Thanks to intensive material and process engineering efforts over the past ten years, the BMW Group has built up a high level of expertise in CFRP-specific production processes, efficient tooling solutions and optimised cycle times. The BMW Group’s CFRP specialists have steadily refined and automated the CFRP production process at the Landshut plant so that, for the first time, it is now possible to mass-produce CFRP body components cost-efficiently and to a high quality standard. The process engineers at the Landshut Innovation and Technology Centre (LITZ) have thereby removed one of the main hurdles to increased use of carbon fibre components in vehicle body manufacture. With these pioneering advances, the BMW Group is helping to ensure that CFRP’s potential is even better utilised in the future.

State-of-the-art production in the BMW Group.
The still widespread production technique whereby prepregs – fibres pre-impregnated with resin – are processed and then cured in an autoclave (a kind of giant oven) is not compatible with mass production of automobiles. As early as 2003, the BMW Group therefore introduced a next-generation production system geared to high-quality volume production of CFRP parts. This state-of-the-art process has very short cycle times. What’s more, it is not tied exclusively to the Landshut plant but could theoretically be used at any BMW plant in the world, subject to certain basic requirements. So how exactly does this BMW production process for CFRP components work?

From fibre to fabric.
The starting point for CFRP production is the so-called precursor. This thermoplastic polyacrylonitrile fibre is the raw material for carbon fibre manufacture. In a complex multi-stage process, conducted under varying temperature and pressure conditions, the various constituent elements of the fibre are removed one by one, by gasification, eventually leaving a fibre that consists of virtually pure carbon, with a stable graphite structure. The resulting carbon fibres are just seven microns (0.007 millimetres) thick. A human hair, by comparison, has a diameter of 50 microns. For automotive application, approximately 50,000 of these individual filaments are bundled into so-called rovings or heavy tows and wound, prior to further processing. In addition to automotive applications, fibre bundles of this thickness are also used, for example, in large rotor blades for wind turbines.

In the next stage in the process, the fibre bundles are processed into non-woven fabrics. In contrast to a woven fabric, in these fabrics the fibres are not placed at right angles to one another and interwoven, but are all aligned in the same plane. Weaving would kink the fibres and detract from their special properties. The alignment of the fibres in the fabric is crucial to achieving optimal quality in a CFRP component.

Preforming and preform joining – a component takes shape.
At the so-called “preforming” stage, the cut but still flat fabric begins to acquire a shape. During this process a heat source is used to give a fabric stack a stable, three-dimensional contour. The final shape of the component is already clearly visible. Several of these preformed stacks can then be joined to form a larger component. In this way CFRP can be used, for example, to produce highly integrated components with a large surface area, which would be extremely cumbersome to manufacture from aluminium or sheet steel. This has major benefits for vehicle body design and manufacture. For example, mounting parts or other features can be integrated directly into the component. Also, complex structural components and entire body modules with varying wall thicknesses can be produced in a single moulding tool.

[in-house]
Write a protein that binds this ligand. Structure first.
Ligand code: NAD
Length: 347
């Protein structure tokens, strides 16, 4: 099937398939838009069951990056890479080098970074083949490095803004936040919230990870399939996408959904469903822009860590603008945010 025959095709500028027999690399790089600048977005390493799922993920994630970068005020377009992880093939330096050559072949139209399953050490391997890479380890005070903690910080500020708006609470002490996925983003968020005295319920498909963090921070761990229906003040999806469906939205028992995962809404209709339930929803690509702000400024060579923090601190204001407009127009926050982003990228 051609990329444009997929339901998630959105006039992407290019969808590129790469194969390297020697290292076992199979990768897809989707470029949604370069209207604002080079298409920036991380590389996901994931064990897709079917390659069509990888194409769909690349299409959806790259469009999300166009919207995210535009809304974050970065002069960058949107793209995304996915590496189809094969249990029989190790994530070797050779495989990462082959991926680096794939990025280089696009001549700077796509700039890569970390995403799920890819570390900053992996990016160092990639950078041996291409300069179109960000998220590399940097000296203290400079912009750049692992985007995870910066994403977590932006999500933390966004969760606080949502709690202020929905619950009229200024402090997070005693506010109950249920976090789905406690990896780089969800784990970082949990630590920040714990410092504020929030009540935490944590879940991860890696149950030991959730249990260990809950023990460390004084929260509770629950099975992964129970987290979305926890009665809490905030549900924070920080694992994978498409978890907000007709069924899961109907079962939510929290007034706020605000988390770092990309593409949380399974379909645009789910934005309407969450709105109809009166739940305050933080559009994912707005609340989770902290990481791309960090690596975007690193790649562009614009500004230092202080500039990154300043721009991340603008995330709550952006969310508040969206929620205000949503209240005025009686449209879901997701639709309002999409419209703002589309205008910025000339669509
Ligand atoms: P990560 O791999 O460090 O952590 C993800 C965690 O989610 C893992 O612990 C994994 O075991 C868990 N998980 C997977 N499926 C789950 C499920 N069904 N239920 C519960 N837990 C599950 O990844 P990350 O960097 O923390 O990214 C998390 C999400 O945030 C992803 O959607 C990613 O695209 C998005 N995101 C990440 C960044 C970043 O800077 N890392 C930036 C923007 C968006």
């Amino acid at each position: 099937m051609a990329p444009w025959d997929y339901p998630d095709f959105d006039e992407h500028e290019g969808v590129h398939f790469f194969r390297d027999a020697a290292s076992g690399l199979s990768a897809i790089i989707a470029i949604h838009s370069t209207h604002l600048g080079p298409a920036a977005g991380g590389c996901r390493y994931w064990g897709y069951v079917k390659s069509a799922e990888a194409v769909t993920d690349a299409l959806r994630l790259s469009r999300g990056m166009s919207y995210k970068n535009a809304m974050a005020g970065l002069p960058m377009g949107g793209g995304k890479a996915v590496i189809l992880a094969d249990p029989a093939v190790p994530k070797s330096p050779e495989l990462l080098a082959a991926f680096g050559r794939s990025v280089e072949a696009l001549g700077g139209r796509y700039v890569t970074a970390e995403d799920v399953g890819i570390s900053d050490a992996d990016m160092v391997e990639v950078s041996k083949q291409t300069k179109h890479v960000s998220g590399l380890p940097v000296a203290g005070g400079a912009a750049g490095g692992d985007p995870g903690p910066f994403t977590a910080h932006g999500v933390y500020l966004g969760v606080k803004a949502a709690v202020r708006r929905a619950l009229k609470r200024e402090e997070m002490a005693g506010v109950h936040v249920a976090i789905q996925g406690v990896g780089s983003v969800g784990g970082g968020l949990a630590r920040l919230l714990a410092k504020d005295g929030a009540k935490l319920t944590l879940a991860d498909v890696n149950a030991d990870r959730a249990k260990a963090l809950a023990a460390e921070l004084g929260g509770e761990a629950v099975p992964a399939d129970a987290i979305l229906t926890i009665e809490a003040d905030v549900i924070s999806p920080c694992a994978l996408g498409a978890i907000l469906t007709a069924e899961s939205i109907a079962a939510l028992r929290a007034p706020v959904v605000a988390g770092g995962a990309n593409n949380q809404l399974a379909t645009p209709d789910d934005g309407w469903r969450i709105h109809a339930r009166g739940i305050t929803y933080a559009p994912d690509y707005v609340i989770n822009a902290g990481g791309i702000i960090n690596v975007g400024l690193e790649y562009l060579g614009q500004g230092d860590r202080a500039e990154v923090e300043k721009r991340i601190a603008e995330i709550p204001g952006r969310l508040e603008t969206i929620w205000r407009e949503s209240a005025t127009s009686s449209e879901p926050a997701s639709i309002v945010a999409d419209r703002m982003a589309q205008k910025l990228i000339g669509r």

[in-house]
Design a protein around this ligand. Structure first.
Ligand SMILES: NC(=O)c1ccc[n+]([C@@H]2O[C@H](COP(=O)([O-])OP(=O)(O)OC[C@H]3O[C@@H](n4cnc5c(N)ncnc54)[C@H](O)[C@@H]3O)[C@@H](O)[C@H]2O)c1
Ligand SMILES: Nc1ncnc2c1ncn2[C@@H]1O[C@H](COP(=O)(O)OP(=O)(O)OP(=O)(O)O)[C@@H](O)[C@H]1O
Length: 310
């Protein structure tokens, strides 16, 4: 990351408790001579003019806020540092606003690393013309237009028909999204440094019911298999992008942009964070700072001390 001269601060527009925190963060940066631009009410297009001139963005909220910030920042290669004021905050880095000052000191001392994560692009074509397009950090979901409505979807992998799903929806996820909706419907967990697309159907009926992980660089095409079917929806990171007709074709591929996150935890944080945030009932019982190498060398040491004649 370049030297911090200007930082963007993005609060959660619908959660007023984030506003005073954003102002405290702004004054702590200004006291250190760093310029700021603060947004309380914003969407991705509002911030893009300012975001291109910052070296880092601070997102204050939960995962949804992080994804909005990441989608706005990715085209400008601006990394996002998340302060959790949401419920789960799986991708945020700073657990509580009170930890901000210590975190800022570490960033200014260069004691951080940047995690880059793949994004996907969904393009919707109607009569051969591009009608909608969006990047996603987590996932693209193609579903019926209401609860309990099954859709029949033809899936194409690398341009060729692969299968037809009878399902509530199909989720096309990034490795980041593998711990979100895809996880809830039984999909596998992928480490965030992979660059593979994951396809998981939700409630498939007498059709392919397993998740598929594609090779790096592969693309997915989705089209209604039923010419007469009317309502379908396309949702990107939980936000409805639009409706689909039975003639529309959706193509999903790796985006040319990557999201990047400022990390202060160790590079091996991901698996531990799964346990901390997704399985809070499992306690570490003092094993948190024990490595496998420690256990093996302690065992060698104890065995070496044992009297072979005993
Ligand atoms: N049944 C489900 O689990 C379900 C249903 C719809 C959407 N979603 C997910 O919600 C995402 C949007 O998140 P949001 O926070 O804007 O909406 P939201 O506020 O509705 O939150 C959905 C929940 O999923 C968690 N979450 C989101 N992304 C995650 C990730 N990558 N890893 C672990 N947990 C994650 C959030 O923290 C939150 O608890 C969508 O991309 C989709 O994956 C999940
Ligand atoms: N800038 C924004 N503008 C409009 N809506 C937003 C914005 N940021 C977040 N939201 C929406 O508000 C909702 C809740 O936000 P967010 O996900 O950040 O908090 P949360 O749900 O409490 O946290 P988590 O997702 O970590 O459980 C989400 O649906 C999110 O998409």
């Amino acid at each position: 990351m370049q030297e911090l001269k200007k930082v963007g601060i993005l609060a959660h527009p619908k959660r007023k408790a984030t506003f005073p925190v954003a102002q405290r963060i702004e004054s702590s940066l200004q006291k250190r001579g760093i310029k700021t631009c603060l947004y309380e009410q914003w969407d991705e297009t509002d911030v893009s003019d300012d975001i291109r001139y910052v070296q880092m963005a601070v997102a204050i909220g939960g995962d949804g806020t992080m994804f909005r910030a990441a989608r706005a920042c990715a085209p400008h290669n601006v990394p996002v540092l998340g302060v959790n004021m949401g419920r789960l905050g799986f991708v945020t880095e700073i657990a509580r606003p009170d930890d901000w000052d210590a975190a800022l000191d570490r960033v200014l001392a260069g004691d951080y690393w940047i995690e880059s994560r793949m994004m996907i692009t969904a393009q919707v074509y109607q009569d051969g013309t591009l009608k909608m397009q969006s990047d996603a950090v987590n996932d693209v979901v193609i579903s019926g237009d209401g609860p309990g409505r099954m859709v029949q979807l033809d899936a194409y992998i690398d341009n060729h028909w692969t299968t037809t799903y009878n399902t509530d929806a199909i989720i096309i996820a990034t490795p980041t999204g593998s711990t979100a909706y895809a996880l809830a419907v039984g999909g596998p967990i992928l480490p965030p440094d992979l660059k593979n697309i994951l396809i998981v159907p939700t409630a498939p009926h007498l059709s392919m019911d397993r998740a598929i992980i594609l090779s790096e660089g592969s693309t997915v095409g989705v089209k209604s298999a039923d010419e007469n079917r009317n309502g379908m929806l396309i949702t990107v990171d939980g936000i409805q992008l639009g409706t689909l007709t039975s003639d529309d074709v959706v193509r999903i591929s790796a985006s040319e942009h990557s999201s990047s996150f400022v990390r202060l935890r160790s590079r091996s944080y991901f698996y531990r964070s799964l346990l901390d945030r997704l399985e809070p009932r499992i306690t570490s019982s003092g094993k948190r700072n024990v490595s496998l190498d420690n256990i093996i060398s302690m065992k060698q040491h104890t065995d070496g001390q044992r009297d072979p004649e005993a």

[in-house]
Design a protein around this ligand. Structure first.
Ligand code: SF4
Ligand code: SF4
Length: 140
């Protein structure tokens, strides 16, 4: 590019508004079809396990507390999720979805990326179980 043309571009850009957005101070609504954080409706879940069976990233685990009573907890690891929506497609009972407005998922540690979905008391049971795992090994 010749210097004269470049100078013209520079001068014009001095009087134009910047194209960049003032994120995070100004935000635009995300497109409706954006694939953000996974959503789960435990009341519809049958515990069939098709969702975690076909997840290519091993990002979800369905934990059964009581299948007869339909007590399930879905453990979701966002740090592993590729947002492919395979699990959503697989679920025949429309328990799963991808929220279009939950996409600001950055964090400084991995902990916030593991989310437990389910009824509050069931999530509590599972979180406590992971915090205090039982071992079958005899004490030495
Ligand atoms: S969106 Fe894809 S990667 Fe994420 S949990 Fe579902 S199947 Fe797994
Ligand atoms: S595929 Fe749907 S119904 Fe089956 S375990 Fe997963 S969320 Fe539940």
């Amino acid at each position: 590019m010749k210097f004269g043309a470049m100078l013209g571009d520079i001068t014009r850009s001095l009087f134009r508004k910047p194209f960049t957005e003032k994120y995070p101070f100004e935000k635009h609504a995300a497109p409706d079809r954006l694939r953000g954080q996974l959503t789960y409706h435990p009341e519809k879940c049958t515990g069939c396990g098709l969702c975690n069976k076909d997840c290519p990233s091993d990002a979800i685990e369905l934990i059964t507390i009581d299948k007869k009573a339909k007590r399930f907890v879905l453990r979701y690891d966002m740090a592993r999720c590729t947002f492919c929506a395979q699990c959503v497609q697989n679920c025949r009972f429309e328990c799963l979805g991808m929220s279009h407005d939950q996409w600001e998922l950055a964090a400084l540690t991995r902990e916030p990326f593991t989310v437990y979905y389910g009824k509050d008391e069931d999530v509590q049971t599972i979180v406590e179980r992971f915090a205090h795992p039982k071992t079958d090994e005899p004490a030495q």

At both process stages – preforming and preform joining – the big challenge lies in ensuring good production processability of the flexible fabric so that the preforms will maintain a stable shape and can be joined with maximum precision. Here, too, the BMW Group has acquired valuable expertise over the years.

High-pressure resin injection with Resin Transfer Moulding (RTM).
The joined preforms are now ready for the next stage in the process: resin injection. This second major component in the composite structure – the resin – ensures that the preformed stacks permanently maintain their preconfigured shape. The resin transfer moulding (RTM) process involves high-pressure injection of resin into the preforms. Firm bonding between the fibres and resin, and the subsequent hardening process, give the material the rigidity which is key to its outstanding qualities.

The impregnation of the fibres by the resin is a highly complex process full of conflicting requirements. For example, on the one hand the resin must reach every area of the material with minimal delay, impregnating every fibre right down to microscopic level. This means the resin must have as low a viscosity as possible, so that it can flow freely enough to be dispersed quickly throughout the fabric. On the other hand, as soon as it has impregnated all the material, the resin needs to harden as quickly as possible. Thirdly, a release agent is required that will allow the resinated components to be parted from the moulding tools without the components being damaged – yet without affecting the bonding between the fibre and the resin. Resolving all these conflicting requirements simultaneously is a highly complex task. The BMW Group has developed its own process, moulding tools and production equipment to resolve these conflicts and to ensure high productivity combined with very high quality.